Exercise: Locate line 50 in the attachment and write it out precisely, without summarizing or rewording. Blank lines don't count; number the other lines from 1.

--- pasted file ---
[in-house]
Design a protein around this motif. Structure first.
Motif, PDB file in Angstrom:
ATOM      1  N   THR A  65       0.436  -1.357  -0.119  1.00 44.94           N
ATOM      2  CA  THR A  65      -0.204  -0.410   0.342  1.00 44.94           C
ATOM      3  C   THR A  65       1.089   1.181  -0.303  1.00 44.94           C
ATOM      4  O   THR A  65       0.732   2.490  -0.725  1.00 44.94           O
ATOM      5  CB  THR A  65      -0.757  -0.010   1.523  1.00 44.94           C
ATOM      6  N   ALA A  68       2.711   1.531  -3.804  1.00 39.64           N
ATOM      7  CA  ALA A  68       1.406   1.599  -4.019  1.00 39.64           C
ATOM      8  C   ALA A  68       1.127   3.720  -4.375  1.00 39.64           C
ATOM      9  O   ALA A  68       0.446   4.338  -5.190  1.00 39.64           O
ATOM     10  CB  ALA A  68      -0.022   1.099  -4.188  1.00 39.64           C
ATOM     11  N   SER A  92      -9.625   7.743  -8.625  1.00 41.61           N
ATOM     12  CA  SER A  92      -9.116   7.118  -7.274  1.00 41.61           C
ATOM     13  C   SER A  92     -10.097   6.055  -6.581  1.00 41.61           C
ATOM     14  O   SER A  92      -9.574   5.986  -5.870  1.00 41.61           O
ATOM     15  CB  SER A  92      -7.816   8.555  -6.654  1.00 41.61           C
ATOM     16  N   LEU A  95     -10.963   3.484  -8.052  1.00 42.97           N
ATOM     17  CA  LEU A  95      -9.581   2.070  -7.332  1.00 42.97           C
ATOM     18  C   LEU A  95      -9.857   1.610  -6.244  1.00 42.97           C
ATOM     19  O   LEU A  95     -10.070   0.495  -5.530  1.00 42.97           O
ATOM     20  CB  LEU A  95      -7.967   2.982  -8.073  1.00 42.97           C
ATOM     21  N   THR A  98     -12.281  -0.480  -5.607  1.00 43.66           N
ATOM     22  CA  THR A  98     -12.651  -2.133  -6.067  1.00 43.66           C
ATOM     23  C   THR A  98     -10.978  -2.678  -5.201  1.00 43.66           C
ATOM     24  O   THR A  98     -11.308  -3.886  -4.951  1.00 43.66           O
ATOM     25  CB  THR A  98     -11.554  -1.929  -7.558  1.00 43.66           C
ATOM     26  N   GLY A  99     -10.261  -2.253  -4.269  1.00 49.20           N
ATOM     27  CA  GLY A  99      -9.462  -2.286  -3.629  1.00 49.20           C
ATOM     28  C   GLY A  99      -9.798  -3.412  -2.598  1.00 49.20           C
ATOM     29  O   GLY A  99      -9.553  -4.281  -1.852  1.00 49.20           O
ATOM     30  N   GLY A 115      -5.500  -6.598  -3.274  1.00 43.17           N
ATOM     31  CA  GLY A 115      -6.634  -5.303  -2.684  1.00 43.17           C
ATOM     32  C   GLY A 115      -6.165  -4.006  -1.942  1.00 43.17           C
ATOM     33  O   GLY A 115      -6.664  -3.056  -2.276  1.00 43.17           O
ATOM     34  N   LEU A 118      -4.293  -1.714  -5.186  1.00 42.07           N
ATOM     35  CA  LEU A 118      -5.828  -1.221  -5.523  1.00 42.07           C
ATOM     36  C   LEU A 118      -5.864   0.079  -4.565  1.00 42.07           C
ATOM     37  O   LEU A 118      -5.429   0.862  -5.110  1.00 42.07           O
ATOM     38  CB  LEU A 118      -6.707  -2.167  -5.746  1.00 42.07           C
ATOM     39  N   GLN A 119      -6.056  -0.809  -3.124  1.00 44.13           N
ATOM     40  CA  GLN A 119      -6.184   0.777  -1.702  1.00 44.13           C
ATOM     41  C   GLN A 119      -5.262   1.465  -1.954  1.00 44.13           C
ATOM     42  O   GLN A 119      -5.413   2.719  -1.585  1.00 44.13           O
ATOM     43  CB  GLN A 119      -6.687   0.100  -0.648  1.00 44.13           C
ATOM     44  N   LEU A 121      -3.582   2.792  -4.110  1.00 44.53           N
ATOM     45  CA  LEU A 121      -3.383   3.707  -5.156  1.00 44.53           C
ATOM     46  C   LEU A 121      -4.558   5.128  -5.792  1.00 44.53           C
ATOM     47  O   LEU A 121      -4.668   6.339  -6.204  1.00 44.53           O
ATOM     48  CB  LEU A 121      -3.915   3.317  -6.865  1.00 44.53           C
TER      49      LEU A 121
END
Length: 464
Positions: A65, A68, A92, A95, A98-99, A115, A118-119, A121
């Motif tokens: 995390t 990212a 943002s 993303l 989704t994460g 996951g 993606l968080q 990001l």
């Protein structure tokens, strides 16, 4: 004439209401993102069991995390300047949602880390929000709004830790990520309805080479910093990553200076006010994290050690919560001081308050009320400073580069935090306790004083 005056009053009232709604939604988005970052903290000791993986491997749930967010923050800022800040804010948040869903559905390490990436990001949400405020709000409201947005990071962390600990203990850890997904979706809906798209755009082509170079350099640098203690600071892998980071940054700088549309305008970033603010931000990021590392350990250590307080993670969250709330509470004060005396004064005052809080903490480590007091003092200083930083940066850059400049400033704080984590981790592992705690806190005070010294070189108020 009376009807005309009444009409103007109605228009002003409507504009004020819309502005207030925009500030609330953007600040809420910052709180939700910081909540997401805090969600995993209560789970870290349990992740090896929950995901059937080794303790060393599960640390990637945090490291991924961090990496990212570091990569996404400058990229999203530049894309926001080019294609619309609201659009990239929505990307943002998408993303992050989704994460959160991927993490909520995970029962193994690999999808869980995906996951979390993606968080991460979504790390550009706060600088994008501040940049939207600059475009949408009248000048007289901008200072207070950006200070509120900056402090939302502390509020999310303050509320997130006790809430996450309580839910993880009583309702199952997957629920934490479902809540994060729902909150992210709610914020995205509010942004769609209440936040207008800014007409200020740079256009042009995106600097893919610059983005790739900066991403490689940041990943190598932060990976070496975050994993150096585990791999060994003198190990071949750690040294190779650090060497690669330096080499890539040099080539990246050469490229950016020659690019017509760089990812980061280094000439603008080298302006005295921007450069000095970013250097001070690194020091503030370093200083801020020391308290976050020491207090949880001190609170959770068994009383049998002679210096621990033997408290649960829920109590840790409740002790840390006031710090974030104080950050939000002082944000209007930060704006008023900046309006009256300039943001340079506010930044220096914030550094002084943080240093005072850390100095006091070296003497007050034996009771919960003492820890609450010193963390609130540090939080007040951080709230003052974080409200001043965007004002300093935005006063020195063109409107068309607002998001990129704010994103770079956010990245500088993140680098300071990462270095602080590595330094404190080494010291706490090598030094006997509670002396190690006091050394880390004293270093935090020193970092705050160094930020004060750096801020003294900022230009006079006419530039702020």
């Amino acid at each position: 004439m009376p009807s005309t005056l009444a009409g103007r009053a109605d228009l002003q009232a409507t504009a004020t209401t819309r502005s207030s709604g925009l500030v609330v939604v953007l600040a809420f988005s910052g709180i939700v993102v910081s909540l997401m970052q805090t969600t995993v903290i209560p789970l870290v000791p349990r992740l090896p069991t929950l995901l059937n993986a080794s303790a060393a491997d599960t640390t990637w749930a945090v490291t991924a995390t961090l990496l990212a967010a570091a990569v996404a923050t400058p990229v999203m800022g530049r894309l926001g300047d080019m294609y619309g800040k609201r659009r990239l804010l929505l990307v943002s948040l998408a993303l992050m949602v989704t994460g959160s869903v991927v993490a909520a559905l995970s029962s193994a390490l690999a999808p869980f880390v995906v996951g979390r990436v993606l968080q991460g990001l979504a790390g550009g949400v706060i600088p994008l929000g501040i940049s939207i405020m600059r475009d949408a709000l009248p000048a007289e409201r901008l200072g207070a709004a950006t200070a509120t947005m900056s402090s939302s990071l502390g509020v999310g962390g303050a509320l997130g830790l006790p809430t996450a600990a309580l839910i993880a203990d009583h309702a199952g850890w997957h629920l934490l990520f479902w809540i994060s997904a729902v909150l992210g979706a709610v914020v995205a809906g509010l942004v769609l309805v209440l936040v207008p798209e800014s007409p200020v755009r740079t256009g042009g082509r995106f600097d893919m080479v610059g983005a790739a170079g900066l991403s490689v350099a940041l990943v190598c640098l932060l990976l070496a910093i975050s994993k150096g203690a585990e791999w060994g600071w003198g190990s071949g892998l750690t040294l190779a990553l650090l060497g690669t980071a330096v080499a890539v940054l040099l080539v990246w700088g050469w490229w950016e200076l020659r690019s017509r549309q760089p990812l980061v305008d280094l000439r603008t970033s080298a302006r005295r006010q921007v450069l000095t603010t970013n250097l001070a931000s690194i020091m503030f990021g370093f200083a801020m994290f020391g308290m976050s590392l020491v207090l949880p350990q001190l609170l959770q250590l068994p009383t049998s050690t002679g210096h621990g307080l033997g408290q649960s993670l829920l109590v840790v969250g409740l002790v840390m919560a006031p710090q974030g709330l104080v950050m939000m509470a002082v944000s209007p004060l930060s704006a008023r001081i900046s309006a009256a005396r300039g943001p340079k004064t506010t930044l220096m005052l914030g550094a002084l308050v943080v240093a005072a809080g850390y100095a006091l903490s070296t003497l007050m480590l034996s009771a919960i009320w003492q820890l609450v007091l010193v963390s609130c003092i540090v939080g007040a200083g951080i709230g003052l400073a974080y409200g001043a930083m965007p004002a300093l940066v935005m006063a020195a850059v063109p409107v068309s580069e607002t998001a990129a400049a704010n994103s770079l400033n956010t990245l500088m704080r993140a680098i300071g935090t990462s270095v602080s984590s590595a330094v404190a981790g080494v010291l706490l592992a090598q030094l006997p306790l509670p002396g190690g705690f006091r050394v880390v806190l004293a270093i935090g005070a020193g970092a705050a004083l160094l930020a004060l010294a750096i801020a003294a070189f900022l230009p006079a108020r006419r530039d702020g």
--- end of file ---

ATOM     47  O   LEU A 121      -4.668   6.339  -6.204  1.00 44.53           O